Other factors that could lead to lack of participation include sports clothing. Traditionally, uniforms for sports are form-fitted and physically revealing. This could pose an issue for transgender athletes who are not comfortable having certain body parts visible, whether the body parts were assigned at birth, or the athlete is in the process of transitioning. Additionally, locker rooms are spaces often segregated by gender and transgender athletes may be excluded from areas that match their gender identity. Restricting athletes from these areas may cause an athlete to feel left out by their teammates, or feel invalidated by their sex. All in all, sports programs tend to be a toxic place for people who are LGBTQ, but there are fixes people can make to make sports a more welcoming environment for them.




One story that I remember from a few years ago was two female-identifying runners who were transgender and spoke up about the discrimination they have faced, specifically being athletes. Both girls responded to a complaint stating that they both had “competitive advantages”. Terry Miller, one of the two athletes responds with “I am a girl and I am a runner. I participate in athletics just like my peers to excel, find community and meaning in my life. It is both unfair and painful that my victories have to be attacked and my hard work ignored.” Read the full article here- https://www.courant.com/sports/high-schools/hc-sp-transgender-policy-runners-respond-20190619-20190620-5x2c7s2f5jb6dnw2dwpftiw6ru-story.html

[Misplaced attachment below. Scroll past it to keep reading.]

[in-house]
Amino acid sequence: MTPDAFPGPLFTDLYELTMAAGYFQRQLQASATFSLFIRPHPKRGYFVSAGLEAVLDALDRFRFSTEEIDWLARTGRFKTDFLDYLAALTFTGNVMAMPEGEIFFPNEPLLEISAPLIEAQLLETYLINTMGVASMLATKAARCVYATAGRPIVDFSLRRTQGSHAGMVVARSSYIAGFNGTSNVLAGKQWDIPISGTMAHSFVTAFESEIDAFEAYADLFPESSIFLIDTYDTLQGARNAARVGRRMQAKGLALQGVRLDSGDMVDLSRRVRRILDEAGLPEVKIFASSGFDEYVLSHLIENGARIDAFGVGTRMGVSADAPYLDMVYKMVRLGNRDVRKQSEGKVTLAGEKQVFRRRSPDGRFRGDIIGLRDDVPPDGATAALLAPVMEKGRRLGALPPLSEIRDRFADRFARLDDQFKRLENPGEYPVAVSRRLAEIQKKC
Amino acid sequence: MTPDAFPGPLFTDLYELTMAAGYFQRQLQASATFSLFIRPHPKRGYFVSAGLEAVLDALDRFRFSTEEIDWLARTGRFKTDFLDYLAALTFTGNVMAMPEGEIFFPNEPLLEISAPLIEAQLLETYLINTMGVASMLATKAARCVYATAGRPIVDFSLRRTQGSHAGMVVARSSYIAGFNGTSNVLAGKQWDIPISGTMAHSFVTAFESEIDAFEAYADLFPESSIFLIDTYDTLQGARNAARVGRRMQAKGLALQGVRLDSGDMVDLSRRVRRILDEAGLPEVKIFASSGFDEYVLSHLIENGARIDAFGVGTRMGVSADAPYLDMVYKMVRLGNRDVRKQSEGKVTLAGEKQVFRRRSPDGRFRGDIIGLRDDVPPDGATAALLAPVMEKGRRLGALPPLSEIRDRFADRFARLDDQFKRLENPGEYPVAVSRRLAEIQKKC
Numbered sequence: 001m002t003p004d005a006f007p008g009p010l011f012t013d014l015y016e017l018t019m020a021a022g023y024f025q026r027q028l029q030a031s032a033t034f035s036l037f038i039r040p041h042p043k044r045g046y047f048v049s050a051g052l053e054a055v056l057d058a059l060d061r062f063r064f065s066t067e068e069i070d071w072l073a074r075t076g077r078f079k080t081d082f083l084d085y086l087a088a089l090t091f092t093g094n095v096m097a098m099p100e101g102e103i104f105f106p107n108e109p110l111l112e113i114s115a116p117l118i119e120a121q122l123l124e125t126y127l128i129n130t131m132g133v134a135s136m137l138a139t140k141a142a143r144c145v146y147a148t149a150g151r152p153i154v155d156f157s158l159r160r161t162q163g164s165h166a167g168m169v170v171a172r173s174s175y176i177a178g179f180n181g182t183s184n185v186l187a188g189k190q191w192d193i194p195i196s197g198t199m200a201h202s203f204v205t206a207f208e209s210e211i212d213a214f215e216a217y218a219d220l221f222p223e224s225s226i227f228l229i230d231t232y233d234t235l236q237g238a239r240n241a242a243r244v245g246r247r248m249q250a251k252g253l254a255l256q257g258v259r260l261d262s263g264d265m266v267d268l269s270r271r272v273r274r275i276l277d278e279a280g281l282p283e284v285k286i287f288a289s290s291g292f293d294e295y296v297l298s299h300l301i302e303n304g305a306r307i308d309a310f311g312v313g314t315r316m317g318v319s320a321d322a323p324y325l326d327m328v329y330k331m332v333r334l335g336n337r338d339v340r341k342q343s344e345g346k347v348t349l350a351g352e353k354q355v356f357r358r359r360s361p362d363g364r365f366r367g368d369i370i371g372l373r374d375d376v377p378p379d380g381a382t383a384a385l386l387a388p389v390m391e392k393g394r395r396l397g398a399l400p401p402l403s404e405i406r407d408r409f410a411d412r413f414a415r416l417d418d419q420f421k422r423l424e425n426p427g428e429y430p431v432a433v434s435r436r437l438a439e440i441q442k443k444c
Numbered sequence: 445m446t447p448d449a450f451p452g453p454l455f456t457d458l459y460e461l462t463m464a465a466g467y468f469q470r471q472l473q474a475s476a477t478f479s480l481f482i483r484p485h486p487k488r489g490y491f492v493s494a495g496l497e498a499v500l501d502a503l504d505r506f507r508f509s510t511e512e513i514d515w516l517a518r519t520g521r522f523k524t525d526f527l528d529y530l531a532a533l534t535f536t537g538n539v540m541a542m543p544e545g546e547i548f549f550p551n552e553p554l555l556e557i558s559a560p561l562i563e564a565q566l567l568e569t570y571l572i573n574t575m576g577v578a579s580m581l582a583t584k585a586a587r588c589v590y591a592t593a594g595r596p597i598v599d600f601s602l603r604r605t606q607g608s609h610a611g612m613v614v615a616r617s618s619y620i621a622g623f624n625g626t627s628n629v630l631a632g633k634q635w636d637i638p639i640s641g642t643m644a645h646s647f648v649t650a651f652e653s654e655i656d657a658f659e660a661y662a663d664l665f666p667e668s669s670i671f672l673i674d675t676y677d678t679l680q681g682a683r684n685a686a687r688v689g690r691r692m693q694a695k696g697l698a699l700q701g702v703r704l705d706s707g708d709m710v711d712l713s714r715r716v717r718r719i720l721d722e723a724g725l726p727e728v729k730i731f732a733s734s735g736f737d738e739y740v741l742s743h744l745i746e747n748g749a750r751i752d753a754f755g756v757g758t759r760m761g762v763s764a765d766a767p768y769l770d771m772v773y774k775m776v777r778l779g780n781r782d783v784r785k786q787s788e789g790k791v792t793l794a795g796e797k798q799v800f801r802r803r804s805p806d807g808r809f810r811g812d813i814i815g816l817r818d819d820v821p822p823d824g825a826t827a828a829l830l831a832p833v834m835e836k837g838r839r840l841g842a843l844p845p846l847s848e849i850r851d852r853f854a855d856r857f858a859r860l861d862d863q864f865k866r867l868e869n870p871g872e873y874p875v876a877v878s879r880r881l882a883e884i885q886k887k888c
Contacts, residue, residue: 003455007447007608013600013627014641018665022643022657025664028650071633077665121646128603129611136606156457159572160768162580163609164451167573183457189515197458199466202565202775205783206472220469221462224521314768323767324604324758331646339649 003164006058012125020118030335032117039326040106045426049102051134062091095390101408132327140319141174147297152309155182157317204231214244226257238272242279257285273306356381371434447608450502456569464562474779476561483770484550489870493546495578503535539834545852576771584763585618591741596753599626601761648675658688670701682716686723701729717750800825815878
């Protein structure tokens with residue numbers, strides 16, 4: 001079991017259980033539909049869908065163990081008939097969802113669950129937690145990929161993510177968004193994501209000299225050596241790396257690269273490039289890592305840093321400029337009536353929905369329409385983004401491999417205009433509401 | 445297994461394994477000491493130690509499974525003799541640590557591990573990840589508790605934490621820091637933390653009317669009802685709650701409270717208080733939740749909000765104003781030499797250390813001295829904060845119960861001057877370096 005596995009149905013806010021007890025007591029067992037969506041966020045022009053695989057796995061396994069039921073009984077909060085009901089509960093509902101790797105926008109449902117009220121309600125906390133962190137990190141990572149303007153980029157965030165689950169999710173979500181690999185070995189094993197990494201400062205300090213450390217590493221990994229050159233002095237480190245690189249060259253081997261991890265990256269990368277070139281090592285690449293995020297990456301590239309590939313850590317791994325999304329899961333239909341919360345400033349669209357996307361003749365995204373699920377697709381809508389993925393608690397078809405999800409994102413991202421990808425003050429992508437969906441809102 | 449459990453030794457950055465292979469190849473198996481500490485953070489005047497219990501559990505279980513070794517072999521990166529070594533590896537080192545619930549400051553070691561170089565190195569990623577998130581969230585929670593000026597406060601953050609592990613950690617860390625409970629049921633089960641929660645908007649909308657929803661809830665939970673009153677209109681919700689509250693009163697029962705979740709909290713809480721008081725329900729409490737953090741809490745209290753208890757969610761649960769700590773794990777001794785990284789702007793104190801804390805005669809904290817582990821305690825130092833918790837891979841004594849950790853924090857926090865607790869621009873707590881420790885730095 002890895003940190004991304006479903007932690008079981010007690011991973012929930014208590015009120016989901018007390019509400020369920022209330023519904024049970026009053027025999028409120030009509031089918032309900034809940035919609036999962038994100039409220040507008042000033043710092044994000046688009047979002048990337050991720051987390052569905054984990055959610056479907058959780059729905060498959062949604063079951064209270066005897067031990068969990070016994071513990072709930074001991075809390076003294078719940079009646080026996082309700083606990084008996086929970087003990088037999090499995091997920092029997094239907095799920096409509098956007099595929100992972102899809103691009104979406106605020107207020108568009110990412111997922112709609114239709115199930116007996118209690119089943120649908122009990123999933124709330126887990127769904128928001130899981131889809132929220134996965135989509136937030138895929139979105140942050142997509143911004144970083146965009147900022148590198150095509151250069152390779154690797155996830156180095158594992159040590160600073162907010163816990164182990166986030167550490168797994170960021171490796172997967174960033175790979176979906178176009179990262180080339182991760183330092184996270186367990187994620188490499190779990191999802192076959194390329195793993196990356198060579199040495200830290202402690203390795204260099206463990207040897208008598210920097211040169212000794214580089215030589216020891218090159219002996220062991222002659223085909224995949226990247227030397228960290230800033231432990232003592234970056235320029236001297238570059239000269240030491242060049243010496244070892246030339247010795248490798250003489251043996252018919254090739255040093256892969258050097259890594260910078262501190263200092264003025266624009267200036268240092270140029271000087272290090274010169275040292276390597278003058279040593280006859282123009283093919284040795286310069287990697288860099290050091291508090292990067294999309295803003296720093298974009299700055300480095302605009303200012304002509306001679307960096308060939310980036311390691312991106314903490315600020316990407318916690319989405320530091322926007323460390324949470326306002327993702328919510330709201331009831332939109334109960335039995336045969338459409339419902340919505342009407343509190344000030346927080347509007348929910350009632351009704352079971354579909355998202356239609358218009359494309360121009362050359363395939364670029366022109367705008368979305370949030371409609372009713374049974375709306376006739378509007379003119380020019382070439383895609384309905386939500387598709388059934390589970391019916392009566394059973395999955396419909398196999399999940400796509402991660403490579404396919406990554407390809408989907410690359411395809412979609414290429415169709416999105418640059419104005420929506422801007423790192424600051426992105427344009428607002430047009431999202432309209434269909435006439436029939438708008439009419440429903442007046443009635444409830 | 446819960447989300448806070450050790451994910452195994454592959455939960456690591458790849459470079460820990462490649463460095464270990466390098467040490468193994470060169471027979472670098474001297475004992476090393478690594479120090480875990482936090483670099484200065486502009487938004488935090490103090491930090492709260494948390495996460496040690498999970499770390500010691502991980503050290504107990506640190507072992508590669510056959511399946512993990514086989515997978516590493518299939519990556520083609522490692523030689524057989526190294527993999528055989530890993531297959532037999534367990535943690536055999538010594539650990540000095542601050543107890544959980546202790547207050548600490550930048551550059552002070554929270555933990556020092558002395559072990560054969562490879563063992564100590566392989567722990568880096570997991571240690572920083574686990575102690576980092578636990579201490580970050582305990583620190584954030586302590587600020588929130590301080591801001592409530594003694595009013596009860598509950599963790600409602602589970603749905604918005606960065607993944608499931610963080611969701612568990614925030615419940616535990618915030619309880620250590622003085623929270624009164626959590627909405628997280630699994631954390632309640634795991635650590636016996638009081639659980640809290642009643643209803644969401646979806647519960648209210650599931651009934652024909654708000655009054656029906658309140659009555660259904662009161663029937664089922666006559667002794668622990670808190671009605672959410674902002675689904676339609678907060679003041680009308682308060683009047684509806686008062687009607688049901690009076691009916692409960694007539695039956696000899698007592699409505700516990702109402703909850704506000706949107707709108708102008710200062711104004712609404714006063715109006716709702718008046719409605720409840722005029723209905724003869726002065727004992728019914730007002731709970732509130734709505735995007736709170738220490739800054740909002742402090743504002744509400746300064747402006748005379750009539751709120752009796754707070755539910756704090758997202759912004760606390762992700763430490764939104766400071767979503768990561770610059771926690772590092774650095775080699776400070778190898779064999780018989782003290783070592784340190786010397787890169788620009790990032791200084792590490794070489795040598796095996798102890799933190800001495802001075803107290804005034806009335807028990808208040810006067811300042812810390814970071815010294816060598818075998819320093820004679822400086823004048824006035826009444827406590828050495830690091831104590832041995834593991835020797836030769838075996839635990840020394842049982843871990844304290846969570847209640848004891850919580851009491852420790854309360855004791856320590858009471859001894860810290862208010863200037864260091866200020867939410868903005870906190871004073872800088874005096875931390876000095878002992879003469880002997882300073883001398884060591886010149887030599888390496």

In conclusion, light must be shed on this controversial topic, as it is becoming more predominant as the numbers of LGBTQ athletes continue to rise. There are still many improvements to be made on sports programs concerning LGBTQ athletes and coaches. To accommodate for LGBTQ in sports programs, some argue that sports should be gender-neutral, or transgender athletes should be put in a separate category for certain sports. Others think that athletes should be allowed to compete with whatever gender they identify with. Regardless, sports programs must come up with policy measures that are more inclusive and fair to transgender athletes. At the end of the day, transgender people have the same rights to participate in sports as any other person does!




Sources:

GLSEN. 1 July 2019, www.glsen.org/sites/default/files/2019-10/GLSEN-Transgender-Inclusion-High-School-Athletics.pdf. Accessed 16 Jan. 2022.

Karkazis, Katrina. Lecture. The misuses of Biological Sex. The Lancet, www.thelancet.com/journals/lancet/article/PIIS0140-6736(19)32764-3/fulltext#:~:text=Whether%20one%20is%20entering%20into,to%20the%20organisation%20of%20society.&text=Bodies%20troubled%20these%20schemes%20and%20socially%20untenable%20categorisations%20ensued. Accessed 16 Jan. 2022.

Meerwikk, Esther, editor. Pub Med. pubmed.gov. Accessed 16 Jan. 2022.

NCAA. www.ncaa.org/sport-science-institute/mind-body-and-sport-harassment-and-discrimination-lgbtq-student-athletes. Accessed 16 Jan. 2022.

Courant.com

https://www.adelphi.edu/news/national-advocate-for-lgbtq-inclusion-in-sports-brings-message-to-adelphi/

https://www.timesrepublican.com/opinion/columnists/2021/11/anti-lgbtq-discrimination-persists-in-iowa-and-the-nation-but-it-can-be-tackled/